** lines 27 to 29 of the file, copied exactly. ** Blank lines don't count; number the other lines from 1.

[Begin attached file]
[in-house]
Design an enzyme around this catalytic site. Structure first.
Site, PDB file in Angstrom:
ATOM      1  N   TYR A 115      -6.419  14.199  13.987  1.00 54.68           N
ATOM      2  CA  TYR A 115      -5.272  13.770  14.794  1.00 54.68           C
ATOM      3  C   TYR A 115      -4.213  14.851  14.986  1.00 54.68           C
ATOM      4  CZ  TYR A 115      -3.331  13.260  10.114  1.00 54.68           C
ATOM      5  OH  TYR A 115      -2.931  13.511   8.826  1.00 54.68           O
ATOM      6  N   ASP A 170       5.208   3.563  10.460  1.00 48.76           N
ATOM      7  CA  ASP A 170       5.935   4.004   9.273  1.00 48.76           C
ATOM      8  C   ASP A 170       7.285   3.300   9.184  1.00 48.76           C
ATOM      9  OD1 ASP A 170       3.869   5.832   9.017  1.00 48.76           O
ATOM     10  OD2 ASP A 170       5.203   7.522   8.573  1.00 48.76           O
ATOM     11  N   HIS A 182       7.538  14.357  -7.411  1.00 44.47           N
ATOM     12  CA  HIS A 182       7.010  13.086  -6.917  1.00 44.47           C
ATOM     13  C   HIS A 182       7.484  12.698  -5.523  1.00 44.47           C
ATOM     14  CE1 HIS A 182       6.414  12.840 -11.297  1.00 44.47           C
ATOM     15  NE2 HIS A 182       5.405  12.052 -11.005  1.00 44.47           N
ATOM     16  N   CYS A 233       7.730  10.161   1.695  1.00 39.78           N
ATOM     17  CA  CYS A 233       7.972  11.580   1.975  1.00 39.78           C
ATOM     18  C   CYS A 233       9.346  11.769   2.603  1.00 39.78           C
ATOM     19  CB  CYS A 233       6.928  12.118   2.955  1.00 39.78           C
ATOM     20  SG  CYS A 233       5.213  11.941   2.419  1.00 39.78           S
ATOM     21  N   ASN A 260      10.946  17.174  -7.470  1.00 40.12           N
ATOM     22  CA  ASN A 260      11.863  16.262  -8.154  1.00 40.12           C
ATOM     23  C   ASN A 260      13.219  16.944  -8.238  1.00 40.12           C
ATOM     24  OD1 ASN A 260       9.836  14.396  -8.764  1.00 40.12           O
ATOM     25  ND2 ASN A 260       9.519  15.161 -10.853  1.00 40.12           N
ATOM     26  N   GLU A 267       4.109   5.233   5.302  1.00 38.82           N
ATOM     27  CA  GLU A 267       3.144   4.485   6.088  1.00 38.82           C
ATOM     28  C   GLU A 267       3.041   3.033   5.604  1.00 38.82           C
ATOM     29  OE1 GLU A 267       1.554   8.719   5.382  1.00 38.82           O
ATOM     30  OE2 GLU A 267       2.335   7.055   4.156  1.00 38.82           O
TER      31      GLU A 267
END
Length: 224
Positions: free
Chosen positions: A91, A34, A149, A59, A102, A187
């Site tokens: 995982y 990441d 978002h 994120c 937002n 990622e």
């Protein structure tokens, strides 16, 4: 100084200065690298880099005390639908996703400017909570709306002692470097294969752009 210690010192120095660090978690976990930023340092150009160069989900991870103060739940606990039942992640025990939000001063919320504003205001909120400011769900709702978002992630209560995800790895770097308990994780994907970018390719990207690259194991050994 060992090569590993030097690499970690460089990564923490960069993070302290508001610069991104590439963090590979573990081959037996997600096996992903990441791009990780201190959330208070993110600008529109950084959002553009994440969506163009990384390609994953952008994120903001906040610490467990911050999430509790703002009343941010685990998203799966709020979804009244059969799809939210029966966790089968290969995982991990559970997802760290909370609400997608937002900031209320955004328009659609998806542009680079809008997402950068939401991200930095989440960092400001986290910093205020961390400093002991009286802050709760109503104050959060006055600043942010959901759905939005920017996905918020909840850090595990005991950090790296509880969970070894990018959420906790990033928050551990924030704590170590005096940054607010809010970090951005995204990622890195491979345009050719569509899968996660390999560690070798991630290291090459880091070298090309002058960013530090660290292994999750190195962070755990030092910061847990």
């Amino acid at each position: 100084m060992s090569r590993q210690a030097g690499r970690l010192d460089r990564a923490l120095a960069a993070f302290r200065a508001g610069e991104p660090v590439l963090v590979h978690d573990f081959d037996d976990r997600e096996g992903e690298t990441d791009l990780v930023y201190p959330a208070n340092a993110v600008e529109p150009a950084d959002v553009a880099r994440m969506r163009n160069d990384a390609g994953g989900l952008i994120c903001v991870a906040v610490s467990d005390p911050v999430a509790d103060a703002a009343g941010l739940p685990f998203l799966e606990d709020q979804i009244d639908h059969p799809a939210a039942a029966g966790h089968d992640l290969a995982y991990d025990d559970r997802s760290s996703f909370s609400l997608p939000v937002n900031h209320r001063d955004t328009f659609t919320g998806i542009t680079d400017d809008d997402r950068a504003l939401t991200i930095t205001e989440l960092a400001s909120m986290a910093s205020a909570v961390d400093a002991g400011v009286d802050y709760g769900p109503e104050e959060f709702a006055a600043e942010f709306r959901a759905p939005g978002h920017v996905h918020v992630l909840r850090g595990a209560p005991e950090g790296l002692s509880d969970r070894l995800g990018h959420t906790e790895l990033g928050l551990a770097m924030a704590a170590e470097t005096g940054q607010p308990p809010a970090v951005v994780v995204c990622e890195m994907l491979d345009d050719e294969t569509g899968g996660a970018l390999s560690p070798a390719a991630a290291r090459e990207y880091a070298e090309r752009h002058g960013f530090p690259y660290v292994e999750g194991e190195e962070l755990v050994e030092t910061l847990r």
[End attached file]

ATOM     24  OD1 ASN A 260       9.836  14.396  -8.764  1.00 40.12           O
ATOM     25  ND2 ASN A 260       9.519  15.161 -10.853  1.00 40.12           N
ATOM     26  N   GLU A 267       4.109   5.233   5.302  1.00 38.82           N